Showing posts from December, 2018


Today's well-timed sou'easter delivered a substantial alcid flight to the western RI coast, with some trickling in to CT waters. The key for us in Connecticut is the wind direction - winds out of the southeast are best because our coast is south-facing. Northeast wind, which is great for places like Andrews Point and Race Point in Massachusetts, doesn't work so well for us. Today's winds were sustained around 30mph per buoy data in eastern Long Island Sound, which is enough to pin alcids against a shoreline. A mid-morning report from Rhode Island, where Chris Raithel was seeing hundreds of westward-bound Razorbills, kicked my lazy butt into gear and sent me to Stonington Point, the eastern-most point of land in CT. Here, Russ Smiley and Dave Provencher had already been watching. Apparently the early morning was quiet at this site, but Dave had his first Razorbill not long after arriving just before 11am. I pulled in at 11:30 and they had a few RAZO on the water. The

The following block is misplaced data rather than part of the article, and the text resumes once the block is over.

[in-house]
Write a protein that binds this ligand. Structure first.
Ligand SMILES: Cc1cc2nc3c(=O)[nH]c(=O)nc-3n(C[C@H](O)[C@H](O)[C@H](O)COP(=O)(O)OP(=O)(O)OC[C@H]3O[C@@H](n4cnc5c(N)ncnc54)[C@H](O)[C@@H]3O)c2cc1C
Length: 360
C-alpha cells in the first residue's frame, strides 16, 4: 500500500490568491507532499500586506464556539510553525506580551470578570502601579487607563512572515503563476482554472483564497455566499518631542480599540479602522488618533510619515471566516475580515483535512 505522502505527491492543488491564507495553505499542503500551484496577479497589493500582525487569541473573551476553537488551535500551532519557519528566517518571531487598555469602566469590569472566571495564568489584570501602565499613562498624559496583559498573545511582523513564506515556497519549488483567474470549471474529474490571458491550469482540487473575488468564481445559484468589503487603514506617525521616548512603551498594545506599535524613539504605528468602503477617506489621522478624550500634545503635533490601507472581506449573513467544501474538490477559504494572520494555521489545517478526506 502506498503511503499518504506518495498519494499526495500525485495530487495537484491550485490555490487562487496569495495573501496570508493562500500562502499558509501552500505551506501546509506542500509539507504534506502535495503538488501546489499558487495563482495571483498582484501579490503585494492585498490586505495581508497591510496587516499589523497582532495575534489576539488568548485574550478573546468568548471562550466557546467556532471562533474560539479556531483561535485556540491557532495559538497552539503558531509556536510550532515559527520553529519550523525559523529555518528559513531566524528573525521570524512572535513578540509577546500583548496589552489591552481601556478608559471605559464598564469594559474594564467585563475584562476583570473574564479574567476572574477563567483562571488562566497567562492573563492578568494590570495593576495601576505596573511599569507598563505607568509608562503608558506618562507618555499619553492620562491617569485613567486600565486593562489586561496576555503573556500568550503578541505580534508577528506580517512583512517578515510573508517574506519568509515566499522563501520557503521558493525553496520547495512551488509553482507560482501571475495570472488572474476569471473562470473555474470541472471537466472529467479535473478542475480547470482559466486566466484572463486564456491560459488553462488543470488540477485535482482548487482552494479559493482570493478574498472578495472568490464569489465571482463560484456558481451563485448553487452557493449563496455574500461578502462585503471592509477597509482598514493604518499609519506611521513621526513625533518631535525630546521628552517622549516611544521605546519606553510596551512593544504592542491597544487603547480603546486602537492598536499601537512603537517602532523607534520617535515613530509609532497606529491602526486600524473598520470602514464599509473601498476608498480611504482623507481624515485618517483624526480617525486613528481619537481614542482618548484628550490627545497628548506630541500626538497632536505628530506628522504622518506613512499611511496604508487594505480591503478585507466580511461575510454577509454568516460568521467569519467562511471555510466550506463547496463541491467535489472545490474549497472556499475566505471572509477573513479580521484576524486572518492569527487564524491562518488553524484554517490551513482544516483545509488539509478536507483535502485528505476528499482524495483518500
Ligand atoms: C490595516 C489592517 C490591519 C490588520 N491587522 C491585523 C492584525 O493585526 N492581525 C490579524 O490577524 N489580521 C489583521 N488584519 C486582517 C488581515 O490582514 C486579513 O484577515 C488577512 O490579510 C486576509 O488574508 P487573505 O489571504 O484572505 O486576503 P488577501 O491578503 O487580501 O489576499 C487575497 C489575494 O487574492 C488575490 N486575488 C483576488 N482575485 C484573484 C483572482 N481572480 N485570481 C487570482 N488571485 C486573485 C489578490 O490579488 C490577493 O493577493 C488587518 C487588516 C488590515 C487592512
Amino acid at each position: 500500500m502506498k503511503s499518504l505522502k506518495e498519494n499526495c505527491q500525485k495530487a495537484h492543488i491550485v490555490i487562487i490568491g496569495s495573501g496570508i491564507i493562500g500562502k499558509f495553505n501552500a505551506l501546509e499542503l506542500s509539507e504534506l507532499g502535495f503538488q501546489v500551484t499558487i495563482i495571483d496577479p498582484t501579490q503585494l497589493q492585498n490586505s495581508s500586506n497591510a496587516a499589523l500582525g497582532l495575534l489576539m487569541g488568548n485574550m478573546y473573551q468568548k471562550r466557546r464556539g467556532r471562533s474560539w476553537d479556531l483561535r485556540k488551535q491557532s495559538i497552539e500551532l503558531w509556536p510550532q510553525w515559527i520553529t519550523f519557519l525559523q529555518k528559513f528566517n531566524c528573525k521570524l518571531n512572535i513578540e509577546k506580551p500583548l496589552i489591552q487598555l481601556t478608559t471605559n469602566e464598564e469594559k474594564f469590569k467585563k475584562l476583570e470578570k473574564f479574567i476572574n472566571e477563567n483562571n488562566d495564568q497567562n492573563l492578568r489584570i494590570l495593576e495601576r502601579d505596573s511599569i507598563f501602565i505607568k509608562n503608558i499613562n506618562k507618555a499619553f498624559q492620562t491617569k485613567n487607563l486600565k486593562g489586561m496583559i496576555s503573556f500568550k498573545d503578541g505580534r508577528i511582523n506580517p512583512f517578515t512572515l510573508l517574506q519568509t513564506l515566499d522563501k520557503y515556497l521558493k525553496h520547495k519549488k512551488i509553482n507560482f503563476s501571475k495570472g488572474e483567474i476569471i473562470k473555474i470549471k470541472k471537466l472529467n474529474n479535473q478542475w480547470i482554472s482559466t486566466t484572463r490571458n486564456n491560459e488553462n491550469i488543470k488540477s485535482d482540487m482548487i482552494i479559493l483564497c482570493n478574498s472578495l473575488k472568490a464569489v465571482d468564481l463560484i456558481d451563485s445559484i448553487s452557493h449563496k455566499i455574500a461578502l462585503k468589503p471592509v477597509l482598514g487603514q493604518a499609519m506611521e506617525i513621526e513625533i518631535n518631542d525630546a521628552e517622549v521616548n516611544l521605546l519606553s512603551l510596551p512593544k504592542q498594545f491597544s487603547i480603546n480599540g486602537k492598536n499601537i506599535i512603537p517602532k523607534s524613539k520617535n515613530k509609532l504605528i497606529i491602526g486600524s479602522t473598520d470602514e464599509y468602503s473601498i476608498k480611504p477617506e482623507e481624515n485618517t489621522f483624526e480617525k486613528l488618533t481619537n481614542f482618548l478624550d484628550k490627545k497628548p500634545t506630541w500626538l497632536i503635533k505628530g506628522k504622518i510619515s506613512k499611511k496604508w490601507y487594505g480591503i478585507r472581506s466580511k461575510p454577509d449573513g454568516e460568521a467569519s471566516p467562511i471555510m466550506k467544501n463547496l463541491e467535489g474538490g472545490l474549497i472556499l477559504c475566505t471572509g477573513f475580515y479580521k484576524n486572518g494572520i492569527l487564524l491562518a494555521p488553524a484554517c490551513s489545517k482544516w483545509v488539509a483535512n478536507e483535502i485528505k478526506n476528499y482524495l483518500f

Narragansett, Rhode Island

I have spent surprisingly little time birding Rhode Island over the years, especially considering how often I have driven through the state, particularly when I was attending Stonehill College in Easton, MA. Still, I know that the Ocean State has some fine habitat to offer birders. In fact, birding just over the CT/RI state line into Washington County, RI is a sad reminder that modest tracts of public ocean-facing land are so close to my home state...and yet it feels so far. Connecticut, of course, lacks a true sea coast, as we are essentially blocked by Long Island and Fishers Island. The Rhode Island coast doesn't really "stick out there" like eastern MA or Long Island, but it sure beats Connecticut, at least for those of us who feel drawn to the sea. On this seasonable windless December day I found myself in Narragansett and aimed to spend the afternoon poking around the coastline. I'm quite sure this was actually my first time birding here, unless you want to